Can You Freeze Waffle Batter (Easy Complete Guide)

There is nothing like enjoying a batch of fresh waffles. However, if you have overdone it by preparing a large mixing bowl of waffle batter, you can freeze it. I usually prepare waffle batter beforehand and freeze it.

The best thing is the batter can be kept in the freezer for a long time, up to a couple of months. So you do not have to worry about the batter going to waste. Find the proper storage container, and you are good to go.

So whenever you are in the mood for waffles, take your batter from the freezer, defrost it, cook it and enjoy those deliciously crispy and fluffy waffles.

Can you freeze waffle batter

Why Consider Freezing Waffle Batter?

The saying the early bird gets the worm is true. When it is my turn to make breakfast, I try to get up early to maximize my chances of success to serve food on time.

I am not a whiz at waffle making, and if I don’t get up bright and ready, I am rampaging through the kitchen to get all the equipment and ingredients. To make up for a lost time, I throw the dry and wet ingredients into the mixing bowl, rapidly whisk it and pour the batter into the waffle maker, praying that the first batch is ready before everyone is seated on the dining table. The result is usually not the waffles you want to have for breakfast.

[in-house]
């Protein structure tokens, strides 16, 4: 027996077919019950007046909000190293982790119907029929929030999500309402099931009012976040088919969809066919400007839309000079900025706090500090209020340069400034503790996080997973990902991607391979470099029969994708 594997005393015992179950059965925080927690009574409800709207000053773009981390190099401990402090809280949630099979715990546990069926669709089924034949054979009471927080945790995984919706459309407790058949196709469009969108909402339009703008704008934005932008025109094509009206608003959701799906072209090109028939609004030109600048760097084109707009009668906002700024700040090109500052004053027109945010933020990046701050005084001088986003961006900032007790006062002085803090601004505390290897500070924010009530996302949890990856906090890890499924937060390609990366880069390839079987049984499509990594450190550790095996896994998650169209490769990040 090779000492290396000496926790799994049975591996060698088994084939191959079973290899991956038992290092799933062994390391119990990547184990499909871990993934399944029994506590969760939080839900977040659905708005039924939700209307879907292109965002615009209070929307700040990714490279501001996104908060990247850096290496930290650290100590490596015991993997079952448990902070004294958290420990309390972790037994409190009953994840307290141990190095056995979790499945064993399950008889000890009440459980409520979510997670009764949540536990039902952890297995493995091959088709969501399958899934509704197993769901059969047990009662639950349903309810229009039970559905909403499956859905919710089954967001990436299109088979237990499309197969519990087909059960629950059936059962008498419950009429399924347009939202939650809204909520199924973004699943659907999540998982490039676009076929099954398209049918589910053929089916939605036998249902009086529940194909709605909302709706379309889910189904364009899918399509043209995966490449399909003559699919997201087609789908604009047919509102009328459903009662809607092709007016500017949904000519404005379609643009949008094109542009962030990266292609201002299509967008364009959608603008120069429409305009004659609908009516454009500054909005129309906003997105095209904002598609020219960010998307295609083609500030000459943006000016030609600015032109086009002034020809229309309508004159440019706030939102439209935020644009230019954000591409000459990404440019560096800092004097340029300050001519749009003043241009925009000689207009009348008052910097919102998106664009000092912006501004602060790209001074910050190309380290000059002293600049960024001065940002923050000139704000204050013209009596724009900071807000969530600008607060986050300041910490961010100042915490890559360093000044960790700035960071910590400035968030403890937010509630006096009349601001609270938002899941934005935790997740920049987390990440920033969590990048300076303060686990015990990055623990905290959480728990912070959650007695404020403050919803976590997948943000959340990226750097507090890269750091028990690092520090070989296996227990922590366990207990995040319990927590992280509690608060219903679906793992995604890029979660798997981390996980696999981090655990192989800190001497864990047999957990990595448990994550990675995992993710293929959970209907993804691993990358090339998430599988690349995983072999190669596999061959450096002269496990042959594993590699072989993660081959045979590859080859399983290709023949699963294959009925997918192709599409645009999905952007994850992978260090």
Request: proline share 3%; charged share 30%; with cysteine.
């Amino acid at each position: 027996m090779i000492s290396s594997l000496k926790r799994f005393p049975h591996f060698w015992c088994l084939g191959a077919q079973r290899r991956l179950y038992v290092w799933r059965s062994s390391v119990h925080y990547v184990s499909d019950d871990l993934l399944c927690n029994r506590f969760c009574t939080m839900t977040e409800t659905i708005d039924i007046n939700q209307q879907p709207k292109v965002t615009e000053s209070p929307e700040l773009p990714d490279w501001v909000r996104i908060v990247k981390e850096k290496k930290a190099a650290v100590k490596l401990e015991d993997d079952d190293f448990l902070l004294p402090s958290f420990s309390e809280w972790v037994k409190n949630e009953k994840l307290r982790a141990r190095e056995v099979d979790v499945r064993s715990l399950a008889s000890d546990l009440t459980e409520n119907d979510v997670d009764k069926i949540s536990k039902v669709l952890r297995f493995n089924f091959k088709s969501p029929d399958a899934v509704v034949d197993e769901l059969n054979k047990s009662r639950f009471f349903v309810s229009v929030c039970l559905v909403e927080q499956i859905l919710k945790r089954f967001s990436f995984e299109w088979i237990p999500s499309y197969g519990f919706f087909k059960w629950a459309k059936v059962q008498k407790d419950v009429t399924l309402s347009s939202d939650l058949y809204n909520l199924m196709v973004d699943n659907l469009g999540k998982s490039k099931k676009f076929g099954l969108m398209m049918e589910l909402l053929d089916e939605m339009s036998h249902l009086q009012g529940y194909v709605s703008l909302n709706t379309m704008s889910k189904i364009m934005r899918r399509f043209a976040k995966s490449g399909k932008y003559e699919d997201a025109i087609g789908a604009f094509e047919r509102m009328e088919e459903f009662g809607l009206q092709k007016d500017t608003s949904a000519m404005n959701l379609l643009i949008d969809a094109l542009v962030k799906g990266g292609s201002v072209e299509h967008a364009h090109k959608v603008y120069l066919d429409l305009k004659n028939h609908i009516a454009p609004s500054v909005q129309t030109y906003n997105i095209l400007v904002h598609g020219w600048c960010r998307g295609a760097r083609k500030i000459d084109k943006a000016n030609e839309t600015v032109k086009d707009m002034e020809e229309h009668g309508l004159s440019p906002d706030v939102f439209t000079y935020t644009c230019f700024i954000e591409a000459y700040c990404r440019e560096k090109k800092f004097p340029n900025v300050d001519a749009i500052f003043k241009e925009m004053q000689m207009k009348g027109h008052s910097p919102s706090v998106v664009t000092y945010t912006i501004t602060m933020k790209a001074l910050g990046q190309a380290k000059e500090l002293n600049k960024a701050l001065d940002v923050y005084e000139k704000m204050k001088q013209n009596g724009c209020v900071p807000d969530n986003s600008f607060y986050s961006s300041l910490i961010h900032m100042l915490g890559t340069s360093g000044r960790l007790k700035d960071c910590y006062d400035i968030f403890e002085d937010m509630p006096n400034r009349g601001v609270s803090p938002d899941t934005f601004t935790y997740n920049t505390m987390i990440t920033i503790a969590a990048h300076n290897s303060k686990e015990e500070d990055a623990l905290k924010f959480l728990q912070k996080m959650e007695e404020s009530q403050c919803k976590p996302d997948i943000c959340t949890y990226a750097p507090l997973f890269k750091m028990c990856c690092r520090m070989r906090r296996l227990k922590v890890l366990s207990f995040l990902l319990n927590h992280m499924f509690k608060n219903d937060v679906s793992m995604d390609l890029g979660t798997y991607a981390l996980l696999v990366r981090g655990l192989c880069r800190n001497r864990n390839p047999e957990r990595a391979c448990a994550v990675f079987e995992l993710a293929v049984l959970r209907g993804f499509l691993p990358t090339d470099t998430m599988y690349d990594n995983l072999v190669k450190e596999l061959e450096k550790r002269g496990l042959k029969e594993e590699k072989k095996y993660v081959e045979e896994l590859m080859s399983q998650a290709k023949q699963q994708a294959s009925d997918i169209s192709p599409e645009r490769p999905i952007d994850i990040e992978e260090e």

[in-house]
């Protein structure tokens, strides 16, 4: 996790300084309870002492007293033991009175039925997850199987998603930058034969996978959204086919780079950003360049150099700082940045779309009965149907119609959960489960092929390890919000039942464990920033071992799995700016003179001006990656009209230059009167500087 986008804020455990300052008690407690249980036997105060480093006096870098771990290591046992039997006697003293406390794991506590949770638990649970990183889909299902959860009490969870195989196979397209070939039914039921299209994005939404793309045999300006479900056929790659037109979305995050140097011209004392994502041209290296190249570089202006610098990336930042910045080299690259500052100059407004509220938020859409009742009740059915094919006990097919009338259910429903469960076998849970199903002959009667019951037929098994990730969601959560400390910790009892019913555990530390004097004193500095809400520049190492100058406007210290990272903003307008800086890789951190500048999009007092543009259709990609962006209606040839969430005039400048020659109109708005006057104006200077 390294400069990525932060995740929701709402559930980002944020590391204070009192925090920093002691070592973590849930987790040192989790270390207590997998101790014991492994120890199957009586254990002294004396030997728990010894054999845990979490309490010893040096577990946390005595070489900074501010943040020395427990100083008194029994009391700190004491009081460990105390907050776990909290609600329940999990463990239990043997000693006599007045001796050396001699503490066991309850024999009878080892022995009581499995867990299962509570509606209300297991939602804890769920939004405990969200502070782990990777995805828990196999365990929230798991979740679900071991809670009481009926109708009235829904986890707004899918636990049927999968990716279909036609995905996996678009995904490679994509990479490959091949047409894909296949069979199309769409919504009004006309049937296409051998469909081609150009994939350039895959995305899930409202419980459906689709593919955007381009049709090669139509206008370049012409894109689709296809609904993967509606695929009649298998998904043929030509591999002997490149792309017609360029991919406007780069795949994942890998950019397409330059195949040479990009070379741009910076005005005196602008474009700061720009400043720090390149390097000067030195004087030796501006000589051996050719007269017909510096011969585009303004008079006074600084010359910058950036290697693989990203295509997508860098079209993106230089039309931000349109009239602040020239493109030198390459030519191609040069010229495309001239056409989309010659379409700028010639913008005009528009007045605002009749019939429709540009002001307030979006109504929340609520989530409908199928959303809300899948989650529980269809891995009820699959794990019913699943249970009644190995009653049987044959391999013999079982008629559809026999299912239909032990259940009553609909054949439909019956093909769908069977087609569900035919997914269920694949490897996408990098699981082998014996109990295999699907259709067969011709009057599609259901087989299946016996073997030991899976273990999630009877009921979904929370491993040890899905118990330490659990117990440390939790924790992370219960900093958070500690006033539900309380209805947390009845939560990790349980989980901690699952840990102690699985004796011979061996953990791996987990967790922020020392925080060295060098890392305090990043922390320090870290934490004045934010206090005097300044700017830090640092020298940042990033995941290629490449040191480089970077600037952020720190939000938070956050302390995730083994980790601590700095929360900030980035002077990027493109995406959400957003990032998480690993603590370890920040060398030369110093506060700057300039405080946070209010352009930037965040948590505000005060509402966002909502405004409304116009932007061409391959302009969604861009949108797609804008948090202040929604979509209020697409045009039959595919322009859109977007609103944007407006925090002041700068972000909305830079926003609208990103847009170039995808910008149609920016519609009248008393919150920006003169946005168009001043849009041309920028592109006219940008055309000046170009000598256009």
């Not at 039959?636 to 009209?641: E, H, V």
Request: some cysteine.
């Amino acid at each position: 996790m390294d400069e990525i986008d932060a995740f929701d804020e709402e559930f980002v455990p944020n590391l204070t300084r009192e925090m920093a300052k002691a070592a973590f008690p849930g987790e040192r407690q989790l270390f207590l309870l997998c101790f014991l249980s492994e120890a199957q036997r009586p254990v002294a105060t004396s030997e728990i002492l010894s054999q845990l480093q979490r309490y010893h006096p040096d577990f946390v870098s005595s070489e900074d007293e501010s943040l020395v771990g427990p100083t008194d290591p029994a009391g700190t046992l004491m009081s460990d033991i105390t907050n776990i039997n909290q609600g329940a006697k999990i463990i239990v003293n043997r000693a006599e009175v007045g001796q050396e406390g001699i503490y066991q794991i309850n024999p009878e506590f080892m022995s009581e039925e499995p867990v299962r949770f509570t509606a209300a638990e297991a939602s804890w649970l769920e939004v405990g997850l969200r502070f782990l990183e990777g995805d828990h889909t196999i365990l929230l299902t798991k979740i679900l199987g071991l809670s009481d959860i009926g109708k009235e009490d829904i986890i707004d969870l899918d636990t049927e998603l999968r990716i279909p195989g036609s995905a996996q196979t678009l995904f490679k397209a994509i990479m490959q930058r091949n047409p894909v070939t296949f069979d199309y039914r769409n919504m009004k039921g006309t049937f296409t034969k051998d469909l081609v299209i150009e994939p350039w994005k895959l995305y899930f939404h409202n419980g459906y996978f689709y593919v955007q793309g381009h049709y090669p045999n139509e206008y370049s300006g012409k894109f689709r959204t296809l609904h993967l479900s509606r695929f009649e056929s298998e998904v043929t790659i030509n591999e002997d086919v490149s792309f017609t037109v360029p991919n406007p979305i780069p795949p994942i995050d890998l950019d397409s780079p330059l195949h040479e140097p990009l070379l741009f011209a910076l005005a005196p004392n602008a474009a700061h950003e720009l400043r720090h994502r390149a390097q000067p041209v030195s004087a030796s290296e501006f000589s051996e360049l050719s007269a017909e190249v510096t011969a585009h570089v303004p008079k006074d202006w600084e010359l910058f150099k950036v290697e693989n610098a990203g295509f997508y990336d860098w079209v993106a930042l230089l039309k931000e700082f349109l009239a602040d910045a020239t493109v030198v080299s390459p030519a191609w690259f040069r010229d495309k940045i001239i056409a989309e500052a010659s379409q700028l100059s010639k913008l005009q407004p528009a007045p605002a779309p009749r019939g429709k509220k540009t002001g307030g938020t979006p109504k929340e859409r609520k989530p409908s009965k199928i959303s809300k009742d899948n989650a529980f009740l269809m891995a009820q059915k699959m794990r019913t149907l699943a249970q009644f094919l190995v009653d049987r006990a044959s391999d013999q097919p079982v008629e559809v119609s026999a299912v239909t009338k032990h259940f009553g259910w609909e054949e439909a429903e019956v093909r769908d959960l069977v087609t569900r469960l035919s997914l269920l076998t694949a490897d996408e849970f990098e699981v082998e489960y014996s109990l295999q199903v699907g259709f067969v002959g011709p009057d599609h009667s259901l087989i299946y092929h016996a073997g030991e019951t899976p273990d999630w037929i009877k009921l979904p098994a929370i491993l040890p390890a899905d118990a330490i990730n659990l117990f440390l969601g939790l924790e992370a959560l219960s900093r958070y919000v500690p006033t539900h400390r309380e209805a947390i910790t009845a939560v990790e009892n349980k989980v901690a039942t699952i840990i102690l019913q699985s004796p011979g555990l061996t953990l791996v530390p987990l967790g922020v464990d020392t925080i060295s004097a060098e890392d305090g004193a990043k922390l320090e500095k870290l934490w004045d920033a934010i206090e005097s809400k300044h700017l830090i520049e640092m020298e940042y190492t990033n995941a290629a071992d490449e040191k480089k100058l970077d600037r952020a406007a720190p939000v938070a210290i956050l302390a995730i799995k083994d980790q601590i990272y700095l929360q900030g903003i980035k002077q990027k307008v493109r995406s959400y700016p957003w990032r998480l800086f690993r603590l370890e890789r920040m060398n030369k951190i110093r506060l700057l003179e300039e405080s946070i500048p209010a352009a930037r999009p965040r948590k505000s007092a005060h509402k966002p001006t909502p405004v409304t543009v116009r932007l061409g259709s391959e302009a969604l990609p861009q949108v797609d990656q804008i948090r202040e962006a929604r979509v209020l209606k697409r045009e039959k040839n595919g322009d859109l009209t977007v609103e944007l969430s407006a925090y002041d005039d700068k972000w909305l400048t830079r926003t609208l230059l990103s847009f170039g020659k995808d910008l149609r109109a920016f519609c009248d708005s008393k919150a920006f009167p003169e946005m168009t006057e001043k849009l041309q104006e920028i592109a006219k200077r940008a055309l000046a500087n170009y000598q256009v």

If Sunday is your waffle day, your routine would be getting up early, heading to the kitchen, and preparing the waffle batter for your family. Everyone would have at least a single or two servings of waffles. Kids would vote for three waffles to have for breakfast.

If you’re like me, then you would probably make a mess in the kitchen as well. For this reason, you should consider freezing waffle batter in advance. You would be saving a couple of hours on the preparation and have your beauty rest. On the weekend, take your waffle batter out of the freezer, thaw it, mix it up a bit and then cook it.

How To Freeze Waffle Batter

Instead of preparing waffle batter for one time serving, it would be wise to double up on the batter. You will have frozen waffle batter for the coming and future weekends. If you’re adventurous, you can have waffles on weekdays or satisfy your sweet tooth by cooking them for lunch.